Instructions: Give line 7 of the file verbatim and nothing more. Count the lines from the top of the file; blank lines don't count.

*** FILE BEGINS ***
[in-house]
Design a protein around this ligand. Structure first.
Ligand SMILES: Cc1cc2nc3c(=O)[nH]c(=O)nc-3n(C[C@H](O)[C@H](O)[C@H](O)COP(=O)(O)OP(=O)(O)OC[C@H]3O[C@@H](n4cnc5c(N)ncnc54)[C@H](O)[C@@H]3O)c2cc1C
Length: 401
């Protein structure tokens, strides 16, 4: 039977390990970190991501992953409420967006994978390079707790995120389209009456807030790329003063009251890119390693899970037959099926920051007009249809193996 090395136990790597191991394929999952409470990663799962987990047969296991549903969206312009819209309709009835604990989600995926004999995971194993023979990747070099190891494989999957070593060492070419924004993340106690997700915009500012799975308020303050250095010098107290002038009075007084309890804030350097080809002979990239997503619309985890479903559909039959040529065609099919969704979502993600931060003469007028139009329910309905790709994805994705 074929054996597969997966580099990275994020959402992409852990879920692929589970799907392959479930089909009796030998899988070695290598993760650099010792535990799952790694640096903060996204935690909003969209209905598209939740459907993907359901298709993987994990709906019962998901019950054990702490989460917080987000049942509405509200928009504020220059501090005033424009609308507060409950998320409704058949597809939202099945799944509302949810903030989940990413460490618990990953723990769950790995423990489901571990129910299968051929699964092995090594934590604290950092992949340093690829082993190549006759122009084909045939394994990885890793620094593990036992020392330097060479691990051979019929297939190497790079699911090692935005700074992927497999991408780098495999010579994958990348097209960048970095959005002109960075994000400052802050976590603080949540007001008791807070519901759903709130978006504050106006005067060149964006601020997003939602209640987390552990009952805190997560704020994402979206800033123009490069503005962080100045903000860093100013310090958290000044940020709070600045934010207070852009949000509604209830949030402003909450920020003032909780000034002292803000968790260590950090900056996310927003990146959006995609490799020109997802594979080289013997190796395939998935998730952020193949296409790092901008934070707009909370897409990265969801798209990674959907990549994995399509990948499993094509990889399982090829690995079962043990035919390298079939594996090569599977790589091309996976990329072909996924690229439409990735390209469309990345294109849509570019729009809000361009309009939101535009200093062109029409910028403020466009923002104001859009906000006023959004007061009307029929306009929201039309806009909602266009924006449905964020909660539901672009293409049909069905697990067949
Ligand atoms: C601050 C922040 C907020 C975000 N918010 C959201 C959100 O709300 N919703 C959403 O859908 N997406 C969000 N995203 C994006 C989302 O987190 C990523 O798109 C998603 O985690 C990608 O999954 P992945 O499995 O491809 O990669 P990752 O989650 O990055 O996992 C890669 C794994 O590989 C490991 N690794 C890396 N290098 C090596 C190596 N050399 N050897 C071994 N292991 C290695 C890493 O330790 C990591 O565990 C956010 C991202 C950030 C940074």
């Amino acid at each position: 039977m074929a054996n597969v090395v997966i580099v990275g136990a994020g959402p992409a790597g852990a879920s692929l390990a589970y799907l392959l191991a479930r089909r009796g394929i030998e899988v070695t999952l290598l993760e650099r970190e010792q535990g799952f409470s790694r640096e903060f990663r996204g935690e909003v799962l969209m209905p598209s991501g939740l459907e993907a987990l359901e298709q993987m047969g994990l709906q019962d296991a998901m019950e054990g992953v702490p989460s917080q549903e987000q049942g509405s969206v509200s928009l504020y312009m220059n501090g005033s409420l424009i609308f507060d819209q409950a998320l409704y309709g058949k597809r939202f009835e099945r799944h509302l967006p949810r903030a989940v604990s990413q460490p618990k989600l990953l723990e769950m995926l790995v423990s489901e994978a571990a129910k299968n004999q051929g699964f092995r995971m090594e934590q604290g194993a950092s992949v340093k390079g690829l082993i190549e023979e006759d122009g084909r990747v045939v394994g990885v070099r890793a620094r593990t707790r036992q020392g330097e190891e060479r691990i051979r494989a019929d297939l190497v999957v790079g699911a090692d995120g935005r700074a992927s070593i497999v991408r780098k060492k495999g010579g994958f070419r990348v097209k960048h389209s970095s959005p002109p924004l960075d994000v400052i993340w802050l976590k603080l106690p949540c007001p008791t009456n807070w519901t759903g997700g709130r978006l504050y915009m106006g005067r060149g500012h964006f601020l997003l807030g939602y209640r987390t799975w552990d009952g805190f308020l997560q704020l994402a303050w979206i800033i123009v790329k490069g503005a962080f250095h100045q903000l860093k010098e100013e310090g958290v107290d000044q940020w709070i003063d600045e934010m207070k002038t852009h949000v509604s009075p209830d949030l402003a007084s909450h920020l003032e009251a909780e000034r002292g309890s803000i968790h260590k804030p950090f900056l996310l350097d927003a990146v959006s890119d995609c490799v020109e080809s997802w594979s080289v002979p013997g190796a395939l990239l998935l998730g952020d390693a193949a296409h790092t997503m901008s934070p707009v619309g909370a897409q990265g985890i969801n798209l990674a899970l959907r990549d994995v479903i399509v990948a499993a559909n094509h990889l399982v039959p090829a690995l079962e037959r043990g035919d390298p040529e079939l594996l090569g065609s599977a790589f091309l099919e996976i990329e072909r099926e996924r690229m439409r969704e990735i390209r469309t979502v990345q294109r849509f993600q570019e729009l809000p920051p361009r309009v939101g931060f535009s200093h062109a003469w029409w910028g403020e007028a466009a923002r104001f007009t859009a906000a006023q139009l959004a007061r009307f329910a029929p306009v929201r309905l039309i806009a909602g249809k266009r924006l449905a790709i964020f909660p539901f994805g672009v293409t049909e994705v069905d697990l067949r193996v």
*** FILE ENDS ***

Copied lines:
């Amino acid at each position: 039977m074929a054996n597969v090395v997966i580099v990275g136990a994020g959402p992409a790597g852990a879920s692929l390990a589970y799907l392959l191991a479930r089909r009796g394929i030998e899988v070695t999952l290598l993760e650099r970190e010792q535990g799952f409470s790694r640096e903060f990663r996204g935690e909003v799962l969209m209905p598209s991501g939740l459907e993907a987990l359901e298709q993987m047969g994990l709906q019962d296991a998901m019950e054990g992953v702490p989460s917080q549903e987000q049942g509405s969206v509200s928009l504020y312009m220059n501090g005033s409420l424009i609308f507060d819209q409950a998320l409704y309709g058949k597809r939202f009835e099945r799944h509302l967006p949810r903030a989940v604990s990413q460490p618990k989600l990953l723990e769950m995926l790995v423990s489901e994978a571990a129910k299968n004999q051929g699964f092995r995971m090594e934590q604290g194993a950092s992949v340093k390079g690829l082993i190549e023979e006759d122009g084909r990747v045939v394994g990885v070099r890793a620094r593990t707790r036992q020392g330097e190891e060479r691990i051979r494989a019929d297939l190497v999957v790079g699911a090692d995120g935005r700074a992927s070593i497999v991408r780098k060492k495999g010579g994958f070419r990348v097209k960048h389209s970095s959005p002109p924004l960075d994000v400052i993340w802050l976590k603080l106690p949540c007001p008791t009456n807070w519901t759903g997700g709130r978006l504050y915009m106006g005067r060149g500012h964006f601020l997003l807030g939602y209640r987390t799975w552990d009952g805190f308020l997560q704020l994402a303050w979206i800033i123009v790329k490069g503005a962080f250095h100045q903000l860093k010098e100013e310090g958290v107290d000044q940020w709070i003063d600045e934010m207070k002038t852009h949000v509604s009075p209830d949030l402003a007084s909450h920020l003032e009251a909780e000034r002292g309890s803000i968790h260590k804030p950090f900056l996310l350097d927003a990146v959006s890119d995609c490799v020109e080809s997802w594979s080289v002979p013997g190796a395939l990239l998935l998730g952020d390693a193949a296409h790092t997503m901008s934070p707009v619309g909370a897409q990265g985890i969801n798209l990674a899970l959907r990549d994995v479903i399509v990948a499993a559909n094509h990889l399982v039959p090829a690995l079962e037959r043990g035919d390298p040529e079939l594996l090569g065609s599977a790589f091309l099919e996976i990329e072909r099926e996924r690229m439409r969704e990735i390209r469309t979502v990345q294109r849509f993600q570019e729009l809000p920051p361009r309009v939101g931060f535009s200093h062109a003469w029409w910028g403020e007028a466009a923002r104001f007009t859009a906000a006023q139009l959004a007061r009307f329910a029929p306009v929201r309905l039309i806009a909602g249809k266009r924006l449905a790709i964020f909660p539901f994805g672009v293409t049909e994705v069905d697990l067949r193996v």